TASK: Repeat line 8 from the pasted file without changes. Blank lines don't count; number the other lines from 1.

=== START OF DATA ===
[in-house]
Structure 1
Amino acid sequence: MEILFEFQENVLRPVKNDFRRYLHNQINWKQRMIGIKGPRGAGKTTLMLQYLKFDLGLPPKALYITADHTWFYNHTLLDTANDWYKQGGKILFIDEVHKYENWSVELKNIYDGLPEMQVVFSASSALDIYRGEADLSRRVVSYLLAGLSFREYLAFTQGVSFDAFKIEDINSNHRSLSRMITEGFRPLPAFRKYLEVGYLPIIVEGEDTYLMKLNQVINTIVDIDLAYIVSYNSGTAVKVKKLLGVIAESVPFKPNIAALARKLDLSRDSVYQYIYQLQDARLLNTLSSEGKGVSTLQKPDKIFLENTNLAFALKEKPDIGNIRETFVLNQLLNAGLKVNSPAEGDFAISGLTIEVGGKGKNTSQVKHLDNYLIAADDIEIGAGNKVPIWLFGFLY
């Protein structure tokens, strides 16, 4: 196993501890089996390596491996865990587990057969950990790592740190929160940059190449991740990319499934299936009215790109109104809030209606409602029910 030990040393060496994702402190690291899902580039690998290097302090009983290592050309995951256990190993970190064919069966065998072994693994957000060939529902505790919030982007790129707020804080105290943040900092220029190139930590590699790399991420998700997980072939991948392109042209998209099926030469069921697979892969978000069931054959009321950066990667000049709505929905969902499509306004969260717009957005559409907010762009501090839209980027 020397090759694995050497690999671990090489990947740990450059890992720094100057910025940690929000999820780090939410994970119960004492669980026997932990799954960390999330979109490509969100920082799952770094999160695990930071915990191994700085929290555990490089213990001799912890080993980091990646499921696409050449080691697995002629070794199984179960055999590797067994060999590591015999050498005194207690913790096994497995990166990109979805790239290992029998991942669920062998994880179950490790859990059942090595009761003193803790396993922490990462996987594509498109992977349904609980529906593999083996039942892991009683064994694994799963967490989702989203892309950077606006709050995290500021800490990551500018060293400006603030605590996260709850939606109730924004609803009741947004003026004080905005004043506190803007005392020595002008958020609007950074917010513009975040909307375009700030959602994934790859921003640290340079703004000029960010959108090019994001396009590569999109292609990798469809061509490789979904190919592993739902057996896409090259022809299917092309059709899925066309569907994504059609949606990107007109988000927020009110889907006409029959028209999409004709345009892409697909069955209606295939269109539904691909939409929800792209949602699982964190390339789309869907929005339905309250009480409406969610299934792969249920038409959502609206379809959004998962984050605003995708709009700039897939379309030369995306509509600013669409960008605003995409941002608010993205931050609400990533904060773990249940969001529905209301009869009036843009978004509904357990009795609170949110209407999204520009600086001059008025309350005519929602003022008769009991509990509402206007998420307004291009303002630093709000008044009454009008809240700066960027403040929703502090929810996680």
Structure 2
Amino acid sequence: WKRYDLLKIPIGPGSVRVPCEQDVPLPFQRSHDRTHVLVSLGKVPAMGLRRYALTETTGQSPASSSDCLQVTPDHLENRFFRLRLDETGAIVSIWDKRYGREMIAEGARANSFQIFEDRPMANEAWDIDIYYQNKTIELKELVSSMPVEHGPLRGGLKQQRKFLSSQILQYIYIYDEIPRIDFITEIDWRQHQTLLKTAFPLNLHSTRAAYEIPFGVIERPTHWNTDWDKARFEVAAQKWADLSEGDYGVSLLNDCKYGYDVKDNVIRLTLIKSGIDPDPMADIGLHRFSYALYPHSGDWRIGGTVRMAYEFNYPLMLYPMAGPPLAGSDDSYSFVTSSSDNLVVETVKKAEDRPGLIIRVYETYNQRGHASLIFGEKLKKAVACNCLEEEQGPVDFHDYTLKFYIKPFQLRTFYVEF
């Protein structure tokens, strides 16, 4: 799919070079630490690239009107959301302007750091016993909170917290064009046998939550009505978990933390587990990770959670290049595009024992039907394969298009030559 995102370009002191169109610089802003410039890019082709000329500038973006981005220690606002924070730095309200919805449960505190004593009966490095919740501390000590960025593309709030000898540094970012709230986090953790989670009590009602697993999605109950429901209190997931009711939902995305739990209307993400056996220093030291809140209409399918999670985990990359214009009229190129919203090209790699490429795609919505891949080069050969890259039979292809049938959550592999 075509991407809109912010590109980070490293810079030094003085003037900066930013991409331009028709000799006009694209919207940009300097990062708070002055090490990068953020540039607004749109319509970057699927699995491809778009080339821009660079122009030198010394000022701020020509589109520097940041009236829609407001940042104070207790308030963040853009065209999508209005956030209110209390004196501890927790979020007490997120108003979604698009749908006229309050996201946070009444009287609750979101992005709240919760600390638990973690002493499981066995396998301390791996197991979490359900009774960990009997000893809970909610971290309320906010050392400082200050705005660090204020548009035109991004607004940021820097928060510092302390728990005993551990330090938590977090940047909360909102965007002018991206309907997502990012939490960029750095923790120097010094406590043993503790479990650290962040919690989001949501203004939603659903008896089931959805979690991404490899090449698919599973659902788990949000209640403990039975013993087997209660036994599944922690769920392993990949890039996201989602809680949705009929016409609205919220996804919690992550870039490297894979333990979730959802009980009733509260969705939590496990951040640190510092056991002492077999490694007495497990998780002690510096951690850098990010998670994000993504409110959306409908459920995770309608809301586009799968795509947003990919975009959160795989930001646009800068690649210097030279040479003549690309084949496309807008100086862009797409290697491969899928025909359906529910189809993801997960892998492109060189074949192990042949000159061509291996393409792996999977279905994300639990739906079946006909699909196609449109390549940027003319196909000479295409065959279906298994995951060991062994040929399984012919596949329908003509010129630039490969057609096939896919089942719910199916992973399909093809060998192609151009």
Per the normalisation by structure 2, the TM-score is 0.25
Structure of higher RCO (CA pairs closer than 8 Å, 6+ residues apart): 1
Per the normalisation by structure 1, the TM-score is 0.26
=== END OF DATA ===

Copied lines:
Per the normalisation by structure 2, the TM-score is 0.25